Below is a summary of some of the key tax and lending provisions of interest to individuals and businesses in the CARES Act, which was signed into law today, March 27, 2020 by the President. It had overwhelming bipartisan support in the Senate and in the House.

Download Our Guide: CARES Act at a Glance

Business Tax Provisions

  1. Employee retention credit for employers subject to closure due to COVID-19. Refundable payroll tax credit for 50% of qualified wages paid from March 13, 2020 through December 31, 2020 for employers whose (i) operations were fully or partially suspended due to a COVID-19 related shut-down order, or (ii) gross receipts declined by more than 50% when compared to the same quarter in the prior year. The amount of qualified wages depends on whether the employer has more than 100 FTEs; the amount is larger for employers with 100 or fewer employees. The credit is capped at the first $10K of compensation (including health benefits) paid to employees, and no credit can be claimed if a covered loan is obtained under the PPP, i.e., the forgiveable-loan program described below. (§2301)
  2. Employer payroll tax holiday. Employers and self-employed individuals can defer payment of the employer’s share (6.2%) of the Social Security payroll tax, but the deferred amount must be repaid in equal installments by December 31, 2021 and December 31, 2022. This benefit is not available if any debt is forgiven under the PPP. (§2302)
  3. Net operating losses. The Act allows for NOLs arising in tax years 2018, 2019, or 2020 to be carried back 5 years, which is favorable because it allows carrybacks to 2017 and earlier when the top corporate tax rate was 35%. The carrybacks cannot be applied against the 2017 one-time repatriation tax on offshore income. It also removes the 80% of taxable income limitation, retroactively, so that NOLs can fully offset taxable income in 2018, 2019, and 2020, regardless of the year in which they arose; however, in 2021, the 80% rule goes back into effect, including for tax years 2018 through 2020. (§2303) The Act does not change the rules for capital losses, which can be carried back 3 years and forward 5 years.
  4. Modification of §461(l) excess business loss rules. The provision modifies various aspects of the excess business loss (EBL) limitation applicable to pass-through businesses and sole proprietors, so they can utilize losses sooner. Specifically, it repeals the EBL limitation for tax years 2018 through 2020. (§2304)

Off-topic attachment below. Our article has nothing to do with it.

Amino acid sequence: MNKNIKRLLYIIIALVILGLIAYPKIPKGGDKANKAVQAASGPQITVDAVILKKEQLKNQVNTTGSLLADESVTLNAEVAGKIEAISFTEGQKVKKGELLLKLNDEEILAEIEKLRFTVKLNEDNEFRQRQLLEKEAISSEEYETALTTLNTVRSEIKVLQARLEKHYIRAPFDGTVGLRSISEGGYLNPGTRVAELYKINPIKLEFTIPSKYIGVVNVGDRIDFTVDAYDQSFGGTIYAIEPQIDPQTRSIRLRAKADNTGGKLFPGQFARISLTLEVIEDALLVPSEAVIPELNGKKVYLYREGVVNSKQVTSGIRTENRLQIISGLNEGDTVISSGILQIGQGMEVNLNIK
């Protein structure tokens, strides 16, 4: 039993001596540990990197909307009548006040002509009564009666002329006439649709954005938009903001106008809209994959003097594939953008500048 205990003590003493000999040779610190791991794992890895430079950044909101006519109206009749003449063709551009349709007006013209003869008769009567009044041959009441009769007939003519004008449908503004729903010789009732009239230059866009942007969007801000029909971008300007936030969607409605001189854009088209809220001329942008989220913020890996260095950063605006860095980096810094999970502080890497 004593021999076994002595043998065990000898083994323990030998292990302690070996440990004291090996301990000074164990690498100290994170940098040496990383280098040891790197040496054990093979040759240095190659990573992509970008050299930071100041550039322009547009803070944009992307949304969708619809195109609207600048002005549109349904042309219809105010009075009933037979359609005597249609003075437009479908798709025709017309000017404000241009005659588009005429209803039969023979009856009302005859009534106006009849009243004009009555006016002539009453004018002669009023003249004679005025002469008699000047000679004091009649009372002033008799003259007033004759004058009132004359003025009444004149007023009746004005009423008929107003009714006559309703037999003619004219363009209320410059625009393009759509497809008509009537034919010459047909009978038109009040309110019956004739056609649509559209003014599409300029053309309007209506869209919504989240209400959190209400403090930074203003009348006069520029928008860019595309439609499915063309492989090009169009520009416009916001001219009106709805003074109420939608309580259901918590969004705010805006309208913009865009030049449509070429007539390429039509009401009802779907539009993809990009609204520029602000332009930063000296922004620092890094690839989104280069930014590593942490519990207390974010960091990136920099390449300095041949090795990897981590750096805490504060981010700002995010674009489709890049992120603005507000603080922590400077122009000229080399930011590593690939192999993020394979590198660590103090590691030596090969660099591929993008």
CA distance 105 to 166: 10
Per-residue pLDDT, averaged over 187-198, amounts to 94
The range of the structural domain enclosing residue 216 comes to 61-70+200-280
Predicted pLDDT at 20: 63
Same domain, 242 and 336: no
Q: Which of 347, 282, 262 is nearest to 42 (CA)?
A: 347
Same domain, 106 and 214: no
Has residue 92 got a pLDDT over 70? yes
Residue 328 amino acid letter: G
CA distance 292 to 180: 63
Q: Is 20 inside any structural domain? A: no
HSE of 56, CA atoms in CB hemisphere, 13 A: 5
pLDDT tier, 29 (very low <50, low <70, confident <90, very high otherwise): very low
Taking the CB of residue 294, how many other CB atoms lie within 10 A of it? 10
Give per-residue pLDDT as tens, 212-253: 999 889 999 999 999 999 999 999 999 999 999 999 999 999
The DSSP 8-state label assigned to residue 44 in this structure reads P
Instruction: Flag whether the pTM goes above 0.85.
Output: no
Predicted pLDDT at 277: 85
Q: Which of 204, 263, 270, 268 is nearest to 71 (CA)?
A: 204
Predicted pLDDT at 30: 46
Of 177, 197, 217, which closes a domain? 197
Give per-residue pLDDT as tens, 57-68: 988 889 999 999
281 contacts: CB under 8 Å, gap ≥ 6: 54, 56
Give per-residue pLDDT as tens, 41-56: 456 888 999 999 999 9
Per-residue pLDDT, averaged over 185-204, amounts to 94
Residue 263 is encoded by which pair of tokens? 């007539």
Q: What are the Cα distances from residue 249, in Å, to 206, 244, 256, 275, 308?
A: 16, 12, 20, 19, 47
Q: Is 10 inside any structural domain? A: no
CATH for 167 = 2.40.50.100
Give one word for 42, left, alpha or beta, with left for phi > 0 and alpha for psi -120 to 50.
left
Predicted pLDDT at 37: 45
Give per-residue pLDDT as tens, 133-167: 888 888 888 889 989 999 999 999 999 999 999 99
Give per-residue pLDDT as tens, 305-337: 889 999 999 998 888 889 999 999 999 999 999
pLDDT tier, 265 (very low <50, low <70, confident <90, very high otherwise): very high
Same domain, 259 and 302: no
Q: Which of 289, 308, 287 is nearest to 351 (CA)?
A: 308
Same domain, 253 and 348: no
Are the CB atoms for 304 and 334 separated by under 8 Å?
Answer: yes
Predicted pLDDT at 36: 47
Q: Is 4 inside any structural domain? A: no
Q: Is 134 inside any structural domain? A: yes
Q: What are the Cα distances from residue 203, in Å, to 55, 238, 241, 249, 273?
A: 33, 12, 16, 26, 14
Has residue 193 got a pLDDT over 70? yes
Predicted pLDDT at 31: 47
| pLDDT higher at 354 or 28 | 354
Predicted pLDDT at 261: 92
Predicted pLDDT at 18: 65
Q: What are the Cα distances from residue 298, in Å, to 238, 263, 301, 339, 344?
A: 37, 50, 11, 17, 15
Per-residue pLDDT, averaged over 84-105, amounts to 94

5. Refunds for AMT credits. Since the repeal of the corporate AMT, carryover AMT credits currently are refundable over several years, with the balance fully refundable in 2021. This provision accelerates the recovery time, enabling C corporation to obtain a refund of 50% in 2018 and the balance in 2019, unless the taxpayer elects to claim the entire refundable credit in 2018. This is also helpful for a corporation that lost its AMT credits because it went out of business; now it can file for a quick refund to claim all of the credits in 2018 or 2019. (§2305)
  6. Temporary modification of §163(j) interest deduction limitation. This provision increases taxpayer’s permitted interest deduction by increasing the 30%-of-ATI limitation to 50% (with adjustments) for 2019 and 2020 (with special rules for partnerships 2019). Also, taxpayers elect to use their 2019 ATI in the 2020 tax year, which will increase their limitation assuming there is less taxable income in 2020. (§2306)
  7. Technical amendment regarding qualified improvement property. Qualified improvement property (QIP) is any improvement to the interior of a non-residential building after the building was placed in service, other than elevators, escalators, building enlargements or changes to the building’s internal structural framework. It has a recovery period of 15 years for general depreciation, and is eligible for bonus depreciation. If the alternative depreciation system (ADS) is used, because the real property business elected out of §163(j), for example, then QIP has a 20-year recovery period and is not eligible for bonus depreciation. The bill would fix this retroactively so that businesses, especially in the hospitality industry, will be able to utilize bonus depreciation and write off immediately costs associated with improving facilities instead of having to depreciate them over a 39-year period. (§2307)
  8. Temporary exception from excise tax for alcohol used to produce hand sanitizer. The provision waives in calendar year 2020 the federal excise tax on any distilled spirits used for or contained in certain FDA-compliant hand sanitizers. (§2308)
  9. If you have questions regarding any specific provision of the bill, please
    contact your Withum advisor or a member of Withum’s Tax Services Group.

    Individual Tax Provisions

  10. Individual tax credit/rebate. All US residents who are not dependents of another and have a valid Social Security number, are eligible for a $1,200 rebate ($2,400 for married couples). There is an additional rebate of $500 per child. The rebate phases out beginning at AGI of $75,000 for single taxpayers, $150,000 for married taxpayers, and $112,500 for head of household taxpayers. The reduction is $5 for each $100 of adjusted gross income (AGI) over the relevant threshold. Payments will be based on 2019 tax returns if filed, or 2018 tax returns if 2019 is not filed yet. (§2201)